Tara Spuhler McCabe confirmed as GA vice-moderator
Questions raised about D.C. pastor’s signing of same-gender marriage license
July 1, 2012
By a vote of 344-273 (55 percent to 44 percent), the 220th General Assembly (2012) today declined to suspend its standing rules to permit discussion of the confirmation of the Rev. Tara Spuhler McCabe of National Capital Presbytery as the Assembly’s vice-moderator.
A two-thirds majority was required to suspend the rules.
The Assembly then quickly confirmed McCabe’s appointment by moderator the Rev. Neal D. Presa by a vote of 388-240 (a 60-percent majority).
When Presa placed McCabe’s name in nomination, the Rev. Tara Thompson, commissioner from St. Augustine Presbytery, inquired whether it was possible to vote “no,” saying she was concerned about McCabe’s recent signing of a marriage license between two lesbians in Washington, D.C. Same-gender marriage is legal in the nation’s capital.
Thompson said McCabe “ignored the constitution” by signing the marriage license. The PC(USA) Book of Order (W-4.9000) defines marriage as “a civil contract between a man and a woman.” That definition is expected to be hotly debated during the Assembly. Several presbyteries have submitted overtures calling for it to be changed to “between two people.”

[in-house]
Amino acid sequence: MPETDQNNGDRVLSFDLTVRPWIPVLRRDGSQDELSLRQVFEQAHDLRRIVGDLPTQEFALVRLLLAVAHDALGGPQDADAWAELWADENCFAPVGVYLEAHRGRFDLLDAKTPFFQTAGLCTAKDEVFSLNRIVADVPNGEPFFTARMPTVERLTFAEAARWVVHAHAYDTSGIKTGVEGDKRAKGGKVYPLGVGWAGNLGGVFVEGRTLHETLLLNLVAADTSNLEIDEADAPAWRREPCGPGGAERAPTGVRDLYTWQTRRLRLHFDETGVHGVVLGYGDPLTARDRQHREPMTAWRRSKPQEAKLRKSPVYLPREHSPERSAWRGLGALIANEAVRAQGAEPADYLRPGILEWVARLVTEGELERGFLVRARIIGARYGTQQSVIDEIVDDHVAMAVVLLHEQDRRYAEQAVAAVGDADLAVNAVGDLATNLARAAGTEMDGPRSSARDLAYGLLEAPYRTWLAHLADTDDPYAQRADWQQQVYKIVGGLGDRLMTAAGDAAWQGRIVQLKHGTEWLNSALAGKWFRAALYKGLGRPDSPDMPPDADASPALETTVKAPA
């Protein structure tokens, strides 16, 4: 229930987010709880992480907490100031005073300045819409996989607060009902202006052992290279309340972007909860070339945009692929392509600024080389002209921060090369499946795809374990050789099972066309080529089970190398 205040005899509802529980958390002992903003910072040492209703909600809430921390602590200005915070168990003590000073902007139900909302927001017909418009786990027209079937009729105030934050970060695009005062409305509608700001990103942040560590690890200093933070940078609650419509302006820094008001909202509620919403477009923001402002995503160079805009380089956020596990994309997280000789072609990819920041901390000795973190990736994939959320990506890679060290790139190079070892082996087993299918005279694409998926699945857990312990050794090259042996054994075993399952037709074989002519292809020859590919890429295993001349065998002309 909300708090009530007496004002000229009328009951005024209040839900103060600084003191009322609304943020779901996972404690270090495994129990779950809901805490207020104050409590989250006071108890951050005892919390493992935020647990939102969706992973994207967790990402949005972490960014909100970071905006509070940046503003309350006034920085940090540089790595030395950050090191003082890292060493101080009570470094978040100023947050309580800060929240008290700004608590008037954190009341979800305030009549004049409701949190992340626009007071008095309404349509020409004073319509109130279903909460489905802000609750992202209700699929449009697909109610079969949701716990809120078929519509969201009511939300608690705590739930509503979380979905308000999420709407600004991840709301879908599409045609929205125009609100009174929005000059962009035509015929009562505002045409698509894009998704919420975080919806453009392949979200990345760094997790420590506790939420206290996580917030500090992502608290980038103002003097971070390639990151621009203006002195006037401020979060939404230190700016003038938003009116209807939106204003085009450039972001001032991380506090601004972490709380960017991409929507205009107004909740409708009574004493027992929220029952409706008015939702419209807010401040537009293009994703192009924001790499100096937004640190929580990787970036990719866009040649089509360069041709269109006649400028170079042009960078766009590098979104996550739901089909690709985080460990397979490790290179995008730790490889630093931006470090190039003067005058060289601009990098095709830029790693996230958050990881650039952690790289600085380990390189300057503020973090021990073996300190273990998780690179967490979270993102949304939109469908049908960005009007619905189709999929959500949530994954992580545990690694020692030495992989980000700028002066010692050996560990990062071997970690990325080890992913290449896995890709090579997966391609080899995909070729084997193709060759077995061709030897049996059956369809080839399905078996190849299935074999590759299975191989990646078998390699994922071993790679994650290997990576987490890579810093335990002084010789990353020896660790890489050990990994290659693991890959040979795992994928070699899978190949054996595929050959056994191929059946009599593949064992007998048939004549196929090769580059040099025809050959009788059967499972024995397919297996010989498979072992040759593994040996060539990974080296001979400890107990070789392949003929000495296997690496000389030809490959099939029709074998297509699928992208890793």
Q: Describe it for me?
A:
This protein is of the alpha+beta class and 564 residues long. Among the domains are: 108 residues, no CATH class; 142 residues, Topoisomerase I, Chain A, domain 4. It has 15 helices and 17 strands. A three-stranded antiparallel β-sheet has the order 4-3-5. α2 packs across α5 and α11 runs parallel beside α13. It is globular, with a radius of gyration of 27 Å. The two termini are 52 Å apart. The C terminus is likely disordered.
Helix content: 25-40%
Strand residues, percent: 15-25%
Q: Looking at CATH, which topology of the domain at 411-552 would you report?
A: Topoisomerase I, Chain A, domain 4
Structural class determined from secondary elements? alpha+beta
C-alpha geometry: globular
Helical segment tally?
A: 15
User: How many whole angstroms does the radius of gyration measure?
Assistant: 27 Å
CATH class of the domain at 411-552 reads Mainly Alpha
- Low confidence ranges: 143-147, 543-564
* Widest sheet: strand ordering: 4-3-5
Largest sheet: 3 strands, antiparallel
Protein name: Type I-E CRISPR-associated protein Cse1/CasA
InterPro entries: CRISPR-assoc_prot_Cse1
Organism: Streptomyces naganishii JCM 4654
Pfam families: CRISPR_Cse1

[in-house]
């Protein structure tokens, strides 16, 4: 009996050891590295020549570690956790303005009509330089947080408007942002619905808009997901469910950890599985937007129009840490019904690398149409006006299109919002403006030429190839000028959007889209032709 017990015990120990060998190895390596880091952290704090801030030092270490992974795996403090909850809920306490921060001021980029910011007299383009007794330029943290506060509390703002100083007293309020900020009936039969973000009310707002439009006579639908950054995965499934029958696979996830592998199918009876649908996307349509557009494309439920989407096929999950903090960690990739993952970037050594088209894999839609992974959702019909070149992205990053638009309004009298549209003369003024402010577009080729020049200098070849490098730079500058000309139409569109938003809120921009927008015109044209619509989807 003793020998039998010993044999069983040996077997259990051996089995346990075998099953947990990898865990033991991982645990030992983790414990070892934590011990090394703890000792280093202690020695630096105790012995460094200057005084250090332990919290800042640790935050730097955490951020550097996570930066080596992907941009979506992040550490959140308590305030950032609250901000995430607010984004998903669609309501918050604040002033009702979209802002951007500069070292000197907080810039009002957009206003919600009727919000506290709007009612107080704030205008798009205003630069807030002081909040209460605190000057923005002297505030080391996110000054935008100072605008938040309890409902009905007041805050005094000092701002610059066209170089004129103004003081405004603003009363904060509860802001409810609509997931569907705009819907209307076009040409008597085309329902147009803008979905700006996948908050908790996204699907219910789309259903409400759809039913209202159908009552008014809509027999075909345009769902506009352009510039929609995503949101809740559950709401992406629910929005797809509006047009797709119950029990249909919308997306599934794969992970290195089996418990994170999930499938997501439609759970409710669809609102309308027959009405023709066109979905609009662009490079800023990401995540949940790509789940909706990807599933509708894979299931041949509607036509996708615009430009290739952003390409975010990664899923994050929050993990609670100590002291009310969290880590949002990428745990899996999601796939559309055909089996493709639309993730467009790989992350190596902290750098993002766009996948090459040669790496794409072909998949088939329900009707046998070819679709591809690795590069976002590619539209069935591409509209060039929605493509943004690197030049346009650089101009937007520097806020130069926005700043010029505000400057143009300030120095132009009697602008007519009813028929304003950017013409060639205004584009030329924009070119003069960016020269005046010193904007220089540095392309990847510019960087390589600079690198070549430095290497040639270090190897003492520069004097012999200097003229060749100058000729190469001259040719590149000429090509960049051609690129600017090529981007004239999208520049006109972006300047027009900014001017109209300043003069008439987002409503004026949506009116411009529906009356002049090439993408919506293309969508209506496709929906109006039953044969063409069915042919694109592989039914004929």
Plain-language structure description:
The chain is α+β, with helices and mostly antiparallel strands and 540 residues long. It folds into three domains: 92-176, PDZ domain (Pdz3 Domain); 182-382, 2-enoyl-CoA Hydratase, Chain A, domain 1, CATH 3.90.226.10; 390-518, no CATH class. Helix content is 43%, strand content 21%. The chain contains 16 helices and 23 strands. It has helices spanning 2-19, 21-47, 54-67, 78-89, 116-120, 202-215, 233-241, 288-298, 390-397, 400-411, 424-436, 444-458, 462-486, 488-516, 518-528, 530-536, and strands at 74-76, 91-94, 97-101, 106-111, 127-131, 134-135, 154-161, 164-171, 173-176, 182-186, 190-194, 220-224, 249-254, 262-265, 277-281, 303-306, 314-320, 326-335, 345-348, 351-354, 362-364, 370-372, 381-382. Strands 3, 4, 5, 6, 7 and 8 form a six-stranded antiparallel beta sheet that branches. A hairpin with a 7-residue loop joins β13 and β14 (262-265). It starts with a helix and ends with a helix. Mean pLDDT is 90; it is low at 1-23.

McCabe, who most recently served as associate pastor of New York Avenue Presbyterian Church in Washington, D.C., said, “I am a child of this church, born and raised in St. Augustine Presbytery. I felt a constant call from God to ministry and service in the Presbyterian Church (U.S.A.). I am grateful for the opportunity to learn more from you as Neal and I seek the unity of the church.”
Presa had issued a statement reaffirming his choice when McCabe’s action came to light, stating that though he disagreed with her position on same-gender marriage, his trust in her built over a friendship of more than ten years outweighed that disagreement.
He reiterated that position during the moderatorial election question-and-answer session Saturday night, saying, “We live with this tension because of our relationship.”